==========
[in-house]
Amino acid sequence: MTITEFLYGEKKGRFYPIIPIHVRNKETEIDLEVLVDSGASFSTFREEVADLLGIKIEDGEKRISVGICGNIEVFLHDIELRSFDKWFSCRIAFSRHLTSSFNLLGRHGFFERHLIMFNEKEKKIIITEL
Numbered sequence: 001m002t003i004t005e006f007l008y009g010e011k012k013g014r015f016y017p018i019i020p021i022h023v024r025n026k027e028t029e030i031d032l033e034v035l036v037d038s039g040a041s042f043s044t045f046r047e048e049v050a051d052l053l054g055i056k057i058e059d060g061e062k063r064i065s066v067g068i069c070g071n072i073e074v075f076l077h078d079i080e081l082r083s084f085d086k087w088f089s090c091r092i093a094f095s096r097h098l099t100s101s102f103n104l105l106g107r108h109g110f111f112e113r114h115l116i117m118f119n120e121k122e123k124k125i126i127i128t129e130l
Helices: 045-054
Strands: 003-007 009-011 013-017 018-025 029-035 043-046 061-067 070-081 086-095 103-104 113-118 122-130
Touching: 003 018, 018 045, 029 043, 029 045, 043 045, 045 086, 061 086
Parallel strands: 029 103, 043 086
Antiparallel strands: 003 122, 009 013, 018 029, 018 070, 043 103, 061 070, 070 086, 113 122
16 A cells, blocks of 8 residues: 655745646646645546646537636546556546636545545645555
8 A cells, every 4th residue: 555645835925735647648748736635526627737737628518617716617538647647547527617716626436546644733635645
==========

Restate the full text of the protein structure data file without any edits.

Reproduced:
[in-house]
Amino acid sequence: MTITEFLYGEKKGRFYPIIPIHVRNKETEIDLEVLVDSGASFSTFREEVADLLGIKIEDGEKRISVGICGNIEVFLHDIELRSFDKWFSCRIAFSRHLTSSFNLLGRHGFFERHLIMFNEKEKKIIITEL
Numbered sequence: 001m002t003i004t005e006f007l008y009g010e011k012k013g014r015f016y017p018i019i020p021i022h023v024r025n026k027e028t029e030i031d032l033e034v035l036v037d038s039g040a041s042f043s044t045f046r047e048e049v050a051d052l053l054g055i056k057i058e059d060g061e062k063r064i065s066v067g068i069c070g071n072i073e074v075f076l077h078d079i080e081l082r083s084f085d086k087w088f089s090c091r092i093a094f095s096r097h098l099t100s101s102f103n104l105l106g107r108h109g110f111f112e113r114h115l116i117m118f119n120e121k122e123k124k125i126i127i128t129e130l
Helices: 045-054
Strands: 003-007 009-011 013-017 018-025 029-035 043-046 061-067 070-081 086-095 103-104 113-118 122-130
Touching: 003 018, 018 045, 029 043, 029 045, 043 045, 045 086, 061 086
Parallel strands: 029 103, 043 086
Antiparallel strands: 003 122, 009 013, 018 029, 018 070, 043 103, 061 070, 070 086, 113 122
16 A cells, blocks of 8 residues: 655745646646645546646537636546556546636545545645555
8 A cells, every 4th residue: 555645835925735647648748736635526627737737628518617716617538647647547527617716626436546644733635645